Here is a picture of the vase that I want to use as a base. Upside down.
I apologize for the lack of explanation. I posted a message before this but I couldn't get a picture to upload. What I'm wondering is...does anyone have a proven method of leveling out glass? This vase is uneven and since I want to use it upside down I don't think I want to level it from the bottom because it would show.
The all red 1? I would think you would need to use a piece of that wide foam pipe insulation stuff or those things kids play with that come in colors, don't know what they are called but about 4 ft. long or so with foam with hole up the center so you could put some kind of pipe in there. If the vase could move around in the wind, I would think it might break due to leaning the totem to 1 side or the other. Someone else probably has experience with this! Jan
Do you want the vase to sit on the ground or will it be on a stake? If its going to be on a stake I would glue a smaller clear bottle inside the vase being careful to make it level an then put the rest of it to gether.
If it is going to rest on the ground, I think its better to use a base plate otherwise the inside getes dirty. In which case you can put a small level on top and use little pieces of metal(washers? or what ever as shims then glue. Or can you make the geii thicker where it needs to be?
It seems that you are saying you will use the vase as part of the totem, most likely a glass plate underneath (I'm guessing) and another piece on top, but in order to level it out if you put something on the bottom the thin edge of the glass will not sufficiently cover whatever you use to do the leveling and seeing the leveling piece will throw off the "look" of the totem, so is there something to use on the top (upside down bottom) that would work. Is this correct?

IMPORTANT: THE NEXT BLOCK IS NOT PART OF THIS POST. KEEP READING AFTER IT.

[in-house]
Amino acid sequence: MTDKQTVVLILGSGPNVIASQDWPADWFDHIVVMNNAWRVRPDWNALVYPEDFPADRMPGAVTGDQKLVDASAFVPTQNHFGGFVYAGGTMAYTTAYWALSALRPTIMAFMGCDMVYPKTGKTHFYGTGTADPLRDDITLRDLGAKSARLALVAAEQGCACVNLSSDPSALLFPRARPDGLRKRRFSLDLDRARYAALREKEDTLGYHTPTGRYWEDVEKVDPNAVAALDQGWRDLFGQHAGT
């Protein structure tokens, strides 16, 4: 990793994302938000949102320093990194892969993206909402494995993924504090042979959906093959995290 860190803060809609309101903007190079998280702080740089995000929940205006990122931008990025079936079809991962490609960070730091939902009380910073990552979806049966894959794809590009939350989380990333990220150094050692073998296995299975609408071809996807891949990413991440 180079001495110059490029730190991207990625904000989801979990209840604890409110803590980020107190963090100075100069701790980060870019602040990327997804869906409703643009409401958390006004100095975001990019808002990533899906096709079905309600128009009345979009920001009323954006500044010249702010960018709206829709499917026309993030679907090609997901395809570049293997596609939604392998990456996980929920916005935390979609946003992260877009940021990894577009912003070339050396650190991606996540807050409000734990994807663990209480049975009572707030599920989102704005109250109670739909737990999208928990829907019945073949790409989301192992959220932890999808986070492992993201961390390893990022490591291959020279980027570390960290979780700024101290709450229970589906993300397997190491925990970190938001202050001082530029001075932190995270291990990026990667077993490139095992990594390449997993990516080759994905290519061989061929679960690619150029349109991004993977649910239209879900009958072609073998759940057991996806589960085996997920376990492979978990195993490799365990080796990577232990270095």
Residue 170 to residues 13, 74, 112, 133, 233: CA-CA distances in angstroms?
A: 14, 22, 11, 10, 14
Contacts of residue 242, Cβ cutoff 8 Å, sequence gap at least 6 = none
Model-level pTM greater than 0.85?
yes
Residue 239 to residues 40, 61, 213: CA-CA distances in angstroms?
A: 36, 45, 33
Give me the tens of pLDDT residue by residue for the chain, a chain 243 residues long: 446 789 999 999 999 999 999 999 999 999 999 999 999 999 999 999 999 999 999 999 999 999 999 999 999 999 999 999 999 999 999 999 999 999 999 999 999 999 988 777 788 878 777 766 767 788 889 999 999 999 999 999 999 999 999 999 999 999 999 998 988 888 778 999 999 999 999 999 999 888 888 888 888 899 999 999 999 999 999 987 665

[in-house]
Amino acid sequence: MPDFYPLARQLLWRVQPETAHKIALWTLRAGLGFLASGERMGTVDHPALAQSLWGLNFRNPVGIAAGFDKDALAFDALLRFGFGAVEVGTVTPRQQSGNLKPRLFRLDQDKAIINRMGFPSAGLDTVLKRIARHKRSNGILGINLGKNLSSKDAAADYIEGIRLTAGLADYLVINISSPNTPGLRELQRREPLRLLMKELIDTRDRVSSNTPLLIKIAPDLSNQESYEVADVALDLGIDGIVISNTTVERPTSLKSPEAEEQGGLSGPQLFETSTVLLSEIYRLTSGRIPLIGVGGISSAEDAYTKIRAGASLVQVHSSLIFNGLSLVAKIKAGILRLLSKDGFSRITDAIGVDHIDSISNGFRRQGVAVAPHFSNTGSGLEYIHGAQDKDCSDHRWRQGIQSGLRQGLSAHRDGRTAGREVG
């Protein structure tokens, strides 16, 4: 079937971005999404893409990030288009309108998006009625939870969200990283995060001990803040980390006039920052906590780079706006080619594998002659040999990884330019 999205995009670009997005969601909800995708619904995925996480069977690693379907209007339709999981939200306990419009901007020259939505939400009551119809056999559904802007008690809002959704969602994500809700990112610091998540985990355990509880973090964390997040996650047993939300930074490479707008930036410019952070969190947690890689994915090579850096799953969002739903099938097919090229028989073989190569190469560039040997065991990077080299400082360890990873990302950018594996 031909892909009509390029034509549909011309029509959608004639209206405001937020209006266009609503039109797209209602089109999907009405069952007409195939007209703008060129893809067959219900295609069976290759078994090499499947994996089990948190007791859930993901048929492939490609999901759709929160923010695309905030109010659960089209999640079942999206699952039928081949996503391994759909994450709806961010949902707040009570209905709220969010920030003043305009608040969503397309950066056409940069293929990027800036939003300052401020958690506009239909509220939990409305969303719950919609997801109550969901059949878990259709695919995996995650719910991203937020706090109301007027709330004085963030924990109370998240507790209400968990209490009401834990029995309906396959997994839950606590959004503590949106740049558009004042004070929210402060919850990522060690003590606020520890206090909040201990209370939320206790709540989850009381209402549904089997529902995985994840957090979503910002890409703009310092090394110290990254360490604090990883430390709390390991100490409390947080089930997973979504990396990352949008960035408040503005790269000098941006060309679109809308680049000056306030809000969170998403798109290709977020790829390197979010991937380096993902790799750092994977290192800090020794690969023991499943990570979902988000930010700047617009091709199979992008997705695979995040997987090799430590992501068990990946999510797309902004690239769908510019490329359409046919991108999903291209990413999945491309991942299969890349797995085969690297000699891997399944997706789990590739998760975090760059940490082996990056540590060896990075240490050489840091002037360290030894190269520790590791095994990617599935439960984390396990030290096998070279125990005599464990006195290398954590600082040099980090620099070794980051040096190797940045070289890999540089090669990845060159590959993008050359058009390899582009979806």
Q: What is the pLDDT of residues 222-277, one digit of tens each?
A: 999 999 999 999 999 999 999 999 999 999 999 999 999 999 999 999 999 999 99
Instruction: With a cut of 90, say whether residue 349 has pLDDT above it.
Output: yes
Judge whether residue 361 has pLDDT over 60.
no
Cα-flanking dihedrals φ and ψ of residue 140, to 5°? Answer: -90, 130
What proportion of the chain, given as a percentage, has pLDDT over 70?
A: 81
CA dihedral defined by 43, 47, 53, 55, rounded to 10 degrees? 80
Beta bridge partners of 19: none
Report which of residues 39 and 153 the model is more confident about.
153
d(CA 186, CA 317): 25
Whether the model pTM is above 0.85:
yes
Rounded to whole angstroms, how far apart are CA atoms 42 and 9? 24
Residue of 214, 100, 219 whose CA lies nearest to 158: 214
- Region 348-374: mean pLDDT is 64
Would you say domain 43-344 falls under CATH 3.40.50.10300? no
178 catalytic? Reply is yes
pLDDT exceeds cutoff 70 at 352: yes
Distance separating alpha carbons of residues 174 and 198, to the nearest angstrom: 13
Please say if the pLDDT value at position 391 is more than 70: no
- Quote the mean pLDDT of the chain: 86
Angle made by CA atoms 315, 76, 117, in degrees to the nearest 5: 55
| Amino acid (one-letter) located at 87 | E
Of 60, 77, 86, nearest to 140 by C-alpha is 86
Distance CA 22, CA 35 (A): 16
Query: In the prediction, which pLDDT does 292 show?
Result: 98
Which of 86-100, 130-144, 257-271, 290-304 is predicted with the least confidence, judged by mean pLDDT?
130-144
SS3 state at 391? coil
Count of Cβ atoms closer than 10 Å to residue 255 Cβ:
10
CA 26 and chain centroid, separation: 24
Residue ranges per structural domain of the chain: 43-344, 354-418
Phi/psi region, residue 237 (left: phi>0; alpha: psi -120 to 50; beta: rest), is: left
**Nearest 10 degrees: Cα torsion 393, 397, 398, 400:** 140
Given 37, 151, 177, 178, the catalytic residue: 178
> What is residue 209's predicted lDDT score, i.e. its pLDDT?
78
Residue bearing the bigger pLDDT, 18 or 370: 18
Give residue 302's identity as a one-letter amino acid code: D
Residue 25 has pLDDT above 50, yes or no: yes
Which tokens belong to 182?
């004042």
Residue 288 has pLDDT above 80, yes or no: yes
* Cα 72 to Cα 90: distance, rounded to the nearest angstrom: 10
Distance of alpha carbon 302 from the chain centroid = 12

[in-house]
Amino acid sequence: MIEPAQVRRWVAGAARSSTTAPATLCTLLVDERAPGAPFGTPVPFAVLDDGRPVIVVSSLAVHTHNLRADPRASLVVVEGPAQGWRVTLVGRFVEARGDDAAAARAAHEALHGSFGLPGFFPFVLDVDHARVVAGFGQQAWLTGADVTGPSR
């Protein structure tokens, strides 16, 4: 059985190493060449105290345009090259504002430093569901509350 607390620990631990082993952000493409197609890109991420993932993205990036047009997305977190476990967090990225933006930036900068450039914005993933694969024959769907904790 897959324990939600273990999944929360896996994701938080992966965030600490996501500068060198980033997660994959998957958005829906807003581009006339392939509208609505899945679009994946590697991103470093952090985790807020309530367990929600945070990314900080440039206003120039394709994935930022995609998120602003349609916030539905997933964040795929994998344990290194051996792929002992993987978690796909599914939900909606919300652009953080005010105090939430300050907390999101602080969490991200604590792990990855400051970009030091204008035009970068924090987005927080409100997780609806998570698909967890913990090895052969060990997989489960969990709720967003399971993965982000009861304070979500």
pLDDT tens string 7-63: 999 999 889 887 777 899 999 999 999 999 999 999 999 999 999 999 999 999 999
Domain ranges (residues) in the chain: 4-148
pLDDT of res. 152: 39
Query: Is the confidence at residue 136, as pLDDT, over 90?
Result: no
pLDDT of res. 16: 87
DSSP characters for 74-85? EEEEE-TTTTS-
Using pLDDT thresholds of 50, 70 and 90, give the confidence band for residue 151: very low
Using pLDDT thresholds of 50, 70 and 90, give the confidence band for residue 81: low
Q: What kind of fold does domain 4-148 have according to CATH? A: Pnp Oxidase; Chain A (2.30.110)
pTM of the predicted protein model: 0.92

Whatever you use would need to be able to withstand the same conditions the totem will experience. Perhaps some craft foam, which comes in thin sheets could be used. Starting with a larger half circle, and layering smaller pieces on top, with the outside edge matching up and the inside edge getting smaller, to create a wedge would work? Keep building until it is level practicing with whatever plate/piece will go on top. Use the glue (assuming GEII) in between each piece of foam once you get the wedge size correct, and on top and bottom of the wedge to hold it in place when done. If you completely encase the finished wedge in glue is should help protect it from the elements. If you get red foam it might help to hide the wedge even more, even if it is under another piece.
Does that sound reasonable?
Thank you for all your suggestions. Kathy, I was going to make this a totem on a stake and use a base plate then a bud vase to put over the stake. I didn't think about metal washers but I'll give them a try if I can find some small ones. You know, my son used some very small wedges once for something and maybe those would work too.
Beatrice, yes you have the right idea. At first I thought using crafting foam might not work because I thought it would disintegrate but encasing it with glue would most likely work to protect it.
Now I have to go to the hardware store to find small washers and small wedges then off to the craft store for foam. I'll get this done yet thanks to all of your suggestions. I'll post a picture when I get it done.
If any thing shows you can cover it up with beads or glass globs.
Good luck, flowers12...this sounds intriguing! Love the red glass! Make sure it's true red glass ...otherwise you'll be disappointed when it starts 'peeling' after all your work! Jeanne S.
Well, I guess I should have looked a little farther down the post line....love the red glass! Can't wait to see the finished totem.